Friends of parks or community groups often act as a focal point for volunteers and locals to share their photographs of a cherished park or green space. Many older images have been taken by local people whose families have lived in the area for generations. They can provide evidence to illustrate the history of a site and are often accompanied by fascinating stories, all of which can help to bring neighbourhoods together. Many areas have local archives or historical societies who make a real effort to archive digital or physical photographs for viewing, sharing or reproduction in publications or for digital projects.
It can be well worth the effort to request photographs of your site. This could be archive images or new photos from recent events. People are usually very receptive and enjoy sharing their memories with others who have a deep connection with the park and it can often be rewarding as old photos are unearthed showing previously unseen scenes. If your group has a website, this can be a useful place to store and share these images.
Images could include those of past events or significant times in the park’s history, as well as images with more personal significance, perhaps of people’s families and friends using the park.
You may get enough photographs to create a photographic exhibition, this could link in with an event or significant date, with the possibility of extending it as part of a museum or gallery display. There could also be a competitive element to encourage people to take part, with a prize or vote to pick a winner.
Often Friends Groups will compile many of the best images and produce a calendar, postcards or greetings cards, profits could be spent on the site to improve facilities or run an event.
How to organise a competition
Generate interest and promote the competition at least one month before the event.
- Contact local schools, clubs and societies;
- Promote in local media such as local papers and radio asking for photo contributions;
- Ask the local newspapers if they have any photographs of the park in their archives;
- Work with the local authority, culture or museum department and the local history section of the library;
- Contact the Local History Group for their input;
- Contact local businesses for sponsorship or to offer a prize.
Collect the photographs
- Ask people to send photos with name and address on reverse to a main contact person in the local authority or Friends group; Note: any information should not be on the photo itself but rather on a label which is written and then attached to the card;
- People may prefer to share their image digitally via email or a link. Make it clear where they should send the image and what information you need;
- Ask people to include a description of who is in the photo and its significance;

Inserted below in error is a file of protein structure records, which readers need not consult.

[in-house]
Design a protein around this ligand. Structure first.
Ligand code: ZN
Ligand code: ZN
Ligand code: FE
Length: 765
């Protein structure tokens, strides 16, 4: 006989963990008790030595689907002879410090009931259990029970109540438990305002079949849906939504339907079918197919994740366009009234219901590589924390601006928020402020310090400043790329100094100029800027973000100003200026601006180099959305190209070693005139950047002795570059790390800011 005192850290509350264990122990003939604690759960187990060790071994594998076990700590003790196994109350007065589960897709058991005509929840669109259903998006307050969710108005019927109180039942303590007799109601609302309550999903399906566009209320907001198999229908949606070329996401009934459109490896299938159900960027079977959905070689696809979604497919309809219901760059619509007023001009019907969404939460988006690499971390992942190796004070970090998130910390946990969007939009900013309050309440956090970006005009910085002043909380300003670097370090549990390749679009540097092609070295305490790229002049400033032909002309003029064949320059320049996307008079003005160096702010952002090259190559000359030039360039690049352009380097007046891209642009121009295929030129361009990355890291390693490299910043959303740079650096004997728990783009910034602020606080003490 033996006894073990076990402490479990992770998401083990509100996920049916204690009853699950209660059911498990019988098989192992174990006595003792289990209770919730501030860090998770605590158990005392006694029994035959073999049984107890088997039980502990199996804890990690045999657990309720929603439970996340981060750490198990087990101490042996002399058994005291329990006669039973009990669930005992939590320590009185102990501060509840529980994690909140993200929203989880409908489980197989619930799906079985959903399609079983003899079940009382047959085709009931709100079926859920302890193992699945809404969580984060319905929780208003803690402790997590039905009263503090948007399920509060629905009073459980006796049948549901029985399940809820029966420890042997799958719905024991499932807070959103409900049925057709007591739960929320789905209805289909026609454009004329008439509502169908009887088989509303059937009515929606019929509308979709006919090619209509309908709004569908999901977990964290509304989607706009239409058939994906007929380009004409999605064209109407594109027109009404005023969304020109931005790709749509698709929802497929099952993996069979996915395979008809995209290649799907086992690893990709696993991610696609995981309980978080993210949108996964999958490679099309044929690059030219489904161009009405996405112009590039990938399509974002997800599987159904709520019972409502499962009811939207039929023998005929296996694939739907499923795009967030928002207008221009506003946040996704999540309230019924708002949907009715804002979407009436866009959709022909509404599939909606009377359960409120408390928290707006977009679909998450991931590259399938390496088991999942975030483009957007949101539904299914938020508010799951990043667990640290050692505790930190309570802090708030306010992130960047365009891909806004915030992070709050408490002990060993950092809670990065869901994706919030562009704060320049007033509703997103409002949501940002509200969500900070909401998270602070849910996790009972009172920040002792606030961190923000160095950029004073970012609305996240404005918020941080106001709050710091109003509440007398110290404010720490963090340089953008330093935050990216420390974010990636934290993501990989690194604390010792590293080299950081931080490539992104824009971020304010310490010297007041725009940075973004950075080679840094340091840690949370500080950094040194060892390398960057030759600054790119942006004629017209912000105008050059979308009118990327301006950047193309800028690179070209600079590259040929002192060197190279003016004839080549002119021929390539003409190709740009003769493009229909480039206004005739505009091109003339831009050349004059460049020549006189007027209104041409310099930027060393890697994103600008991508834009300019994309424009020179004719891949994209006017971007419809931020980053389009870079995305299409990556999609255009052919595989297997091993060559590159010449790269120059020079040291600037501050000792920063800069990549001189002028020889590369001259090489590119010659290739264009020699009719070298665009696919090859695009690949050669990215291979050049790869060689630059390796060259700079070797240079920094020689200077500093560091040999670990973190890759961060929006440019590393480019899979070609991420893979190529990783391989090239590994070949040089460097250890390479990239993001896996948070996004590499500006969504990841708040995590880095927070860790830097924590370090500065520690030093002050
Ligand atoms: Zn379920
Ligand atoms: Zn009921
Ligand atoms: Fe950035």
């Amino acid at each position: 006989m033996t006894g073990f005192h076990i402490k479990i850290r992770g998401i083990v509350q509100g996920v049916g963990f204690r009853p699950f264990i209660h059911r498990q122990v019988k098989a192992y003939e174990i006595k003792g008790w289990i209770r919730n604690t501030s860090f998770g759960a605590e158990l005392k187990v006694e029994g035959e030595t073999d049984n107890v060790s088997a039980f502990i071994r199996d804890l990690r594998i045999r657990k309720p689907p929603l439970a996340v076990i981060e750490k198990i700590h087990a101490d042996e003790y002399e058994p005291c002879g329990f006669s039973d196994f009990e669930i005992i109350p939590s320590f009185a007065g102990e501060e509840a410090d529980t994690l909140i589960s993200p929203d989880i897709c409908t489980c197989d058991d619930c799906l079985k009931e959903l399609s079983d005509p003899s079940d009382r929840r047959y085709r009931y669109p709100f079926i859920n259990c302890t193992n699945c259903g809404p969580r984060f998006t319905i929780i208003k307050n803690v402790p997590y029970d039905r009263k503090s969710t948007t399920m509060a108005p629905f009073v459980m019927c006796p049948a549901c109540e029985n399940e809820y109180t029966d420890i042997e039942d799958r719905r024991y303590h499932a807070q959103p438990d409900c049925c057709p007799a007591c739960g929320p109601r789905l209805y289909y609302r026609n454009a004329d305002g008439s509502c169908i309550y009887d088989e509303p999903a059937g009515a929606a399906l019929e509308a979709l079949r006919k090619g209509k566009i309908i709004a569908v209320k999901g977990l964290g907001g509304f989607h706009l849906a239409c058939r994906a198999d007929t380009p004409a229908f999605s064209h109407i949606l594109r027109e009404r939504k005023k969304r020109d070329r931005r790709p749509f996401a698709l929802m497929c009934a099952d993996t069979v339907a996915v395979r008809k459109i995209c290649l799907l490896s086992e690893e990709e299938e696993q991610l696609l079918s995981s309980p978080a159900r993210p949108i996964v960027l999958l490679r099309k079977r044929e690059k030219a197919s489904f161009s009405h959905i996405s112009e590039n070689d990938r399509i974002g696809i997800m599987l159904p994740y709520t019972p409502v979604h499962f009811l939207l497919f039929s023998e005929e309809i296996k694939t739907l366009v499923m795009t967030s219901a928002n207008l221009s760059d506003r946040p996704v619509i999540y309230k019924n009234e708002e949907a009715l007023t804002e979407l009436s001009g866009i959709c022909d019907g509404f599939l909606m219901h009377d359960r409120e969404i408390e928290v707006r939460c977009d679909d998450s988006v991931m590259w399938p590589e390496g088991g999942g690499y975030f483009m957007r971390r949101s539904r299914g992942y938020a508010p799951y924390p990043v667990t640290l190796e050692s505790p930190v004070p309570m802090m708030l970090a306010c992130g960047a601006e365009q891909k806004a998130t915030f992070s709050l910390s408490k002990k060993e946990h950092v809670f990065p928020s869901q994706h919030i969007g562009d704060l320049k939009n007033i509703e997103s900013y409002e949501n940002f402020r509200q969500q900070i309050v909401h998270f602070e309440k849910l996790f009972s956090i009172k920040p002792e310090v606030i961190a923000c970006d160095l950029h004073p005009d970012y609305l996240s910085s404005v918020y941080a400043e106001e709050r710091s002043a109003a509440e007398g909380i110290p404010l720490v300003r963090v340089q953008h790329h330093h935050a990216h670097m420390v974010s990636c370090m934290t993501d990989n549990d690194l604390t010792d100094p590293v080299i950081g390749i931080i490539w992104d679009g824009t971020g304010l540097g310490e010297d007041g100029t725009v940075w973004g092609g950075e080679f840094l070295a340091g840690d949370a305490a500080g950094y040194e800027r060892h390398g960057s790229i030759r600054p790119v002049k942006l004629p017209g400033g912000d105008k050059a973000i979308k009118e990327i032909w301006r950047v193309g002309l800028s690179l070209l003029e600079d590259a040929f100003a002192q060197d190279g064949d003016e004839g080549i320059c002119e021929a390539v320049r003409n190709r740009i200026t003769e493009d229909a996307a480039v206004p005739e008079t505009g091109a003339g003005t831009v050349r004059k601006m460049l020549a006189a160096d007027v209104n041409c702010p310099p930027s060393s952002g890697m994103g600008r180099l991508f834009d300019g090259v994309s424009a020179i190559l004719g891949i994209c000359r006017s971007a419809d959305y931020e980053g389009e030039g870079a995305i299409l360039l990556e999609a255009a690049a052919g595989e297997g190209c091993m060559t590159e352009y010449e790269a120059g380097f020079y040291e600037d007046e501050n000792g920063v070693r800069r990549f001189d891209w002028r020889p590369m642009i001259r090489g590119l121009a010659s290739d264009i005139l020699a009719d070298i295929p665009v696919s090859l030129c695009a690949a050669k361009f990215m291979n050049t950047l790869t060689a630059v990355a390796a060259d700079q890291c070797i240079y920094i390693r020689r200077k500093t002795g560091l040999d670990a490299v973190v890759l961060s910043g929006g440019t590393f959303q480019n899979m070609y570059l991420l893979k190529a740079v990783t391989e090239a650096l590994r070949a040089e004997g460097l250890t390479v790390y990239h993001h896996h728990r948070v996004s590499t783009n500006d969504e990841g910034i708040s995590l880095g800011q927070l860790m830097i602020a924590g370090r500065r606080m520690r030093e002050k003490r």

- Set a deadline and decide on a judging panel if you are holding a competition;
- Decide on the winner and notify before the event if necessary.
Decide on the practical display methods
- Find a display venue (within a nearby museum, gallery, café or within the park if you have a community space or cafe or perhaps outside within the park itself);
- If the display will be outside, you will need to organize a tent or gazebo for the display or print the images on weatherproof materials;
- Obtain display boards, mounting materials and lamination material if necessary.
Assemble the display
- Mount the selected images on display boards and label with information if necessary;
- Decide on winners if it is a competition. Will this be judged on the day or decided before?
- If taking place indoors, put the display up a few days before. It may have more impact to unveil the exhibition on the morning of the event and then leave it up for a period after the event;
- If taking place outside, put up on the morning of the event.
Take down the display
- If the event is semi-permanent, work with the local authority;
- Take down the display boards;
- Return the photographs to entrants if necessary;
- Send details of the winner to the local media.
Tips and issues to consider
Make it clear that you will return the photos if a stamped addressed envelope is enclosed. Name and address should be put on a label on the back of the photo. Do not write on the back of the photo because it can damage the photo.
If people would prefer to send the photograph digitally, that is the best way, then they keep control of what could be a precious photo.
Make clear that you would like permission to copy the photograph as part of a permanent archive.
Consider arranging with the local history department of the central library or local libraries, or the local history or heritage society to act as a central collection point. They would be able to scan the photos and return them immediately.
Whoever is collecting the images will need to take responsibility for photograph release forms. As well as collecting contact details of the person submitting the photo, these forms will contain tick boxes asking whether they are happy for the image to be displayed publicly and to be used for other purposes (such as promotional material about the park or the Friend’s group).